Well, you leave for a couple of days and look what happens! Hey, folks I needed a little humor today. You will be getting a thorough and complete explanation in the next couple of days including documentation and proof that the letter sent by the museum board was nothing more than an attempt to smear our club and cause discontent within our ranks. You will hear from our entire board and you will see a document from our attorney that will speak volumes. Not innuendo, not "we have heard" but a fact based document. You will have to ask yourself why the museum is fighting to keep a charade of a relationship when it is not a part of AACA. This is by far the strongest words I have used here since this tragic story has begun. There are some people on the museum board I like and respect. I have no idea why they are a party to all of this but that is their right. I know one thing, your executive director and your board have not made this personal and you have to question what kind of person or persons use this as a tactic (which it obviously is). Now for the opposite. THANK YOU! To all of you who have stood up for me personally (hey guys it goes with the territory to get a little mud slung) and for AACA and our leadership I cannot possibly convey my great appreciation for your willingness to go public with your thoughts. I do not know all of you but I do know some, we do not always agree but we have done so respectfully. A lesson others need to learn. The other opposite, and not meant to highjack this thread was the wonderful members who put on our Winter Meet this weekend. Wow what a great, warm and hospitable crew! It was a fabulous weekend for the club and all who attended in a great location. Most of your board were in attendance. AACA is about what is good in the hobby. Consider our mission, this forum that hosts many car clubs for free, our library that is free to the world and on and on in small and big ways. Now we are going to add another major great step around the country for AACA to be present at other antique car related venues. Stay tuned! We hope to have our response out to the museum's letter on Monday but if not I am sure by Tuesday. We will not sink into the gutter to give a response although it would be fun!
  13. 14 points
    I took my 1937 Century out this morning to allow a fellow enthusiast to drive it. He contacted me after seeing a photo of the car in an issue of the NC Region News. He is 82 years old and is looking for an identical 1937 Model 61. He drove a 1937 Century Model 61 as his first car when he was in high school. He is looking for another one since he never got over his father selling the car in 1952. I told him that I am not interested in selling mine, but he was welcome to come visit me and drive it. We arranged a visit and after riding in it and driving it he told me that "You made an old man happy." I think his expression says it all.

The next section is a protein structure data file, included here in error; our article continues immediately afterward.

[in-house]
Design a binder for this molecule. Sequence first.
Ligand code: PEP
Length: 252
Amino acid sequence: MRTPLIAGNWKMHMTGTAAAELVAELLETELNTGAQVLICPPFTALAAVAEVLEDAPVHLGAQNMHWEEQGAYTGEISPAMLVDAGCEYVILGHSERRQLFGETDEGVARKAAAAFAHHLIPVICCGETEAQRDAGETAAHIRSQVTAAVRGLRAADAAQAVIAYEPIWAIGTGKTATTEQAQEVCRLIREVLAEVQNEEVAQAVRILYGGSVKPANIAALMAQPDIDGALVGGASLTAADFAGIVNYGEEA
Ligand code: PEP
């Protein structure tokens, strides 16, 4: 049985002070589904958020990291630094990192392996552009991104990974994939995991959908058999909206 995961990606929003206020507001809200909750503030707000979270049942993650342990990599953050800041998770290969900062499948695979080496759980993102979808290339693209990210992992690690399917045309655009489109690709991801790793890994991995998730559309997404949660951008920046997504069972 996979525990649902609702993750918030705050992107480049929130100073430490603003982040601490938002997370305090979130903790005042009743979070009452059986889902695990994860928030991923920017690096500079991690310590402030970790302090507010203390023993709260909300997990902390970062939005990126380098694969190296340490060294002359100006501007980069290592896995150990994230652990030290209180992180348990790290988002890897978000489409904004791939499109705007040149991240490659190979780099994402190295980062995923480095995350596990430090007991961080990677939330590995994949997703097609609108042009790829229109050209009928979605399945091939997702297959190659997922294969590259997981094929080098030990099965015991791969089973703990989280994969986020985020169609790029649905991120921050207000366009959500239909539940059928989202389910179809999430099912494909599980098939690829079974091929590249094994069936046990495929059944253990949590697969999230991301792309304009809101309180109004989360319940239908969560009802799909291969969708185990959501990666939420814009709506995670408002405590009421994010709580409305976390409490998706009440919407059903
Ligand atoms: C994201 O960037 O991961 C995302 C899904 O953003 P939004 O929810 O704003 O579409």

14. 14 points
    Here's the best photo so far: I asked the four Obermeyer brothers to pose in the 1908 that has been in their family since it was a new car. I think they are all in their 80s; one lives in California, two of them live in Indiana, they all met at this meet. What an honor to document this!!!
  15. 14 points
    Went 100 miles in the last 2 days. What a great Buick!
  16. 14 points
    Went to a small classic car lunch today , friend turned up with his new girlfriend, she loved the car , and wanted a photo with it so didn’t miss the opportunity ?
  17. 14 points
    Was lucky to see the sunshine here, and get the '56 out for a 20 mile drive, and, naturally, a few pictures..
  18. 14 points
    We had a local AACA Tour today. I put a little bit over 150 miles on my 1937 Buick Century. We had a good turnout with 9 antique cars plus quite a group of folks driving modern cars. It was a good day with great food and good friends. After a great Barbecue lunch, the group stopped at the Country Barn Bakery and bought a lot of great stuff that none of use really need but always enjoy. Of the 9 antiques, 2 were Buicks, a 1935 40 Series and my 1937 Model 61. Some of our members enjoyed ice cream and Kettle Corn from their "modern" Kettle Corn setup. On the way home, I stopped at an old gas station building and took a few photos of my car.
  19. 13 points
    Greetings All. I just bought my first Buick. She is a 49 Super 56C, aka Convertible, and she is an all original beauty. I look forward to reading about your experiences and appreciate any words of wisdom y'all can give me about finding parts. I come from a vintage British bike background so I understand the ups and downs of owning a classic or 2. Let the adventures begin!